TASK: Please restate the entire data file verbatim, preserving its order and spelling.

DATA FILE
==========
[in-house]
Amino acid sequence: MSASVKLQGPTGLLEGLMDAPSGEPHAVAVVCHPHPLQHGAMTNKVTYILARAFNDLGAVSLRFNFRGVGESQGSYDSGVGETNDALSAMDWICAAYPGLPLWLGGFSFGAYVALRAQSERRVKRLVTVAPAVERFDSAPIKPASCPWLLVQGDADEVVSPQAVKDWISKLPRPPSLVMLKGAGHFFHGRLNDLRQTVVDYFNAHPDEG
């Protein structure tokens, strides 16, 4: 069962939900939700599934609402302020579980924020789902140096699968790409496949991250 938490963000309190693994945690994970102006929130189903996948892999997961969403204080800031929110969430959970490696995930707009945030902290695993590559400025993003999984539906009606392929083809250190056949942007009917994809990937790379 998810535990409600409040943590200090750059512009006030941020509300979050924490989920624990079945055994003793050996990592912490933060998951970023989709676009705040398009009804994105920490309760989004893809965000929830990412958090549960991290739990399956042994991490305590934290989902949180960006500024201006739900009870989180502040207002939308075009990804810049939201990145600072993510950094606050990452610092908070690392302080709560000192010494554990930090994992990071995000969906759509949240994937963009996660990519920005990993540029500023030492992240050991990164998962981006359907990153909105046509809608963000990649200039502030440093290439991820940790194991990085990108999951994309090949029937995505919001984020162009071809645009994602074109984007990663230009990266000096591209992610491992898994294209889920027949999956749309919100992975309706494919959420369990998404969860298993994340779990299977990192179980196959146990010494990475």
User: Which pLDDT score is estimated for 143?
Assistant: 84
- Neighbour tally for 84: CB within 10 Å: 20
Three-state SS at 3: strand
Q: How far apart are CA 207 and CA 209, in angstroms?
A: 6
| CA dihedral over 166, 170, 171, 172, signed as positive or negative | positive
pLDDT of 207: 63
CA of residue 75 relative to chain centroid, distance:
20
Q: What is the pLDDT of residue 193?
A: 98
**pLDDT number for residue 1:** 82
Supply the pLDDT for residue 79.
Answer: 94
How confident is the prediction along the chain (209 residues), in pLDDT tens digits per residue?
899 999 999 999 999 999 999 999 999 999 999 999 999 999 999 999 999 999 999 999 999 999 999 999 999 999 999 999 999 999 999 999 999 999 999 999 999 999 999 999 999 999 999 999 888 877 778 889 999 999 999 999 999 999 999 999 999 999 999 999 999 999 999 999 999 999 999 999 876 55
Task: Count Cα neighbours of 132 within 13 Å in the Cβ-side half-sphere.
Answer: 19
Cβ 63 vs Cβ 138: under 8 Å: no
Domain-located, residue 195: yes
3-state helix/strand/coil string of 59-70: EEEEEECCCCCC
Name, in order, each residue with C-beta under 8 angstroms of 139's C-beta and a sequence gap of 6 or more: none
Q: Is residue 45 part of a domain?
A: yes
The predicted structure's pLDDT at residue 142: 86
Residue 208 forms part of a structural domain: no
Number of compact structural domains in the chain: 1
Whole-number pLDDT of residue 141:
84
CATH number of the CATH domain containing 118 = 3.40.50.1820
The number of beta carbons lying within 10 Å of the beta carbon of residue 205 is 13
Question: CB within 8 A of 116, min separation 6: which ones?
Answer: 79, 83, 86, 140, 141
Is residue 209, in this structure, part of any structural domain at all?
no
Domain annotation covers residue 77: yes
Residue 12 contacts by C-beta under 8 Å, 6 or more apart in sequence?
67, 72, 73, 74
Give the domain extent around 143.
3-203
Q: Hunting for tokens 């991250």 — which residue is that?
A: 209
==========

[in-house]
Amino acid sequence: MSASVKLQGPTGLLEGLMDAPSGEPHAVAVVCHPHPLQHGAMTNKVTYILARAFNDLGAVSLRFNFRGVGESQGSYDSGVGETNDALSAMDWICAAYPGLPLWLGGFSFGAYVALRAQSERRVKRLVTVAPAVERFDSAPIKPASCPWLLVQGDADEVVSPQAVKDWISKLPRPPSLVMLKGAGHFFHGRLNDLRQTVVDYFNAHPDEG
């Protein structure tokens, strides 16, 4: 069962939900939700599934609402302020579980924020789902140096699968790409496949991250 938490963000309190693994945690994970102006929130189903996948892999997961969403204080800031929110969430959970490696995930707009945030902290695993590559400025993003999984539906009606392929083809250190056949942007009917994809990937790379 998810535990409600409040943590200090750059512009006030941020509300979050924490989920624990079945055994003793050996990592912490933060998951970023989709676009705040398009009804994105920490309760989004893809965000929830990412958090549960991290739990399956042994991490305590934290989902949180960006500024201006739900009870989180502040207002939308075009990804810049939201990145600072993510950094606050990452610092908070690392302080709560000192010494554990930090994992990071995000969906759509949240994937963009996660990519920005990993540029500023030492992240050991990164998962981006359907990153909105046509809608963000990649200039502030440093290439991820940790194991990085990108999951994309090949029937995505919001984020162009071809645009994602074109984007990663230009990266000096591209992610491992898994294209889920027949999956749309919100992975309706494919959420369990998404969860298993994340779990299977990192179980196959146990010494990475």
User: Which pLDDT score is estimated for 143?
Assistant: 84
- Neighbour tally for 84: CB within 10 Å: 20
Three-state SS at 3: strand
Q: How far apart are CA 207 and CA 209, in angstroms?
A: 6
| CA dihedral over 166, 170, 171, 172, signed as positive or negative | positive
pLDDT of 207: 63
CA of residue 75 relative to chain centroid, distance:
20
Q: What is the pLDDT of residue 193?
A: 98
**pLDDT number for residue 1:** 82
Supply the pLDDT for residue 79.
Answer: 94
How confident is the prediction along the chain (209 residues), in pLDDT tens digits per residue?
899 999 999 999 999 999 999 999 999 999 999 999 999 999 999 999 999 999 999 999 999 999 999 999 999 999 999 999 999 999 999 999 999 999 999 999 999 999 999 999 999 999 999 999 888 877 778 889 999 999 999 999 999 999 999 999 999 999 999 999 999 999 999 999 999 999 999 999 876 55
Task: Count Cα neighbours of 132 within 13 Å in the Cβ-side half-sphere.
Answer: 19
Cβ 63 vs Cβ 138: under 8 Å: no
Domain-located, residue 195: yes
3-state helix/strand/coil string of 59-70: EEEEEECCCCCC
Name, in order, each residue with C-beta under 8 angstroms of 139's C-beta and a sequence gap of 6 or more: none
Q: Is residue 45 part of a domain?
A: yes
The predicted structure's pLDDT at residue 142: 86
Residue 208 forms part of a structural domain: no
Number of compact structural domains in the chain: 1
Whole-number pLDDT of residue 141:
84
CATH number of the CATH domain containing 118 = 3.40.50.1820
The number of beta carbons lying within 10 Å of the beta carbon of residue 205 is 13
Question: CB within 8 A of 116, min separation 6: which ones?
Answer: 79, 83, 86, 140, 141
Is residue 209, in this structure, part of any structural domain at all?
no
Domain annotation covers residue 77: yes
Residue 12 contacts by C-beta under 8 Å, 6 or more apart in sequence?
67, 72, 73, 74
Give the domain extent around 143.
3-203
Q: Hunting for tokens 């991250």 — which residue is that?
A: 209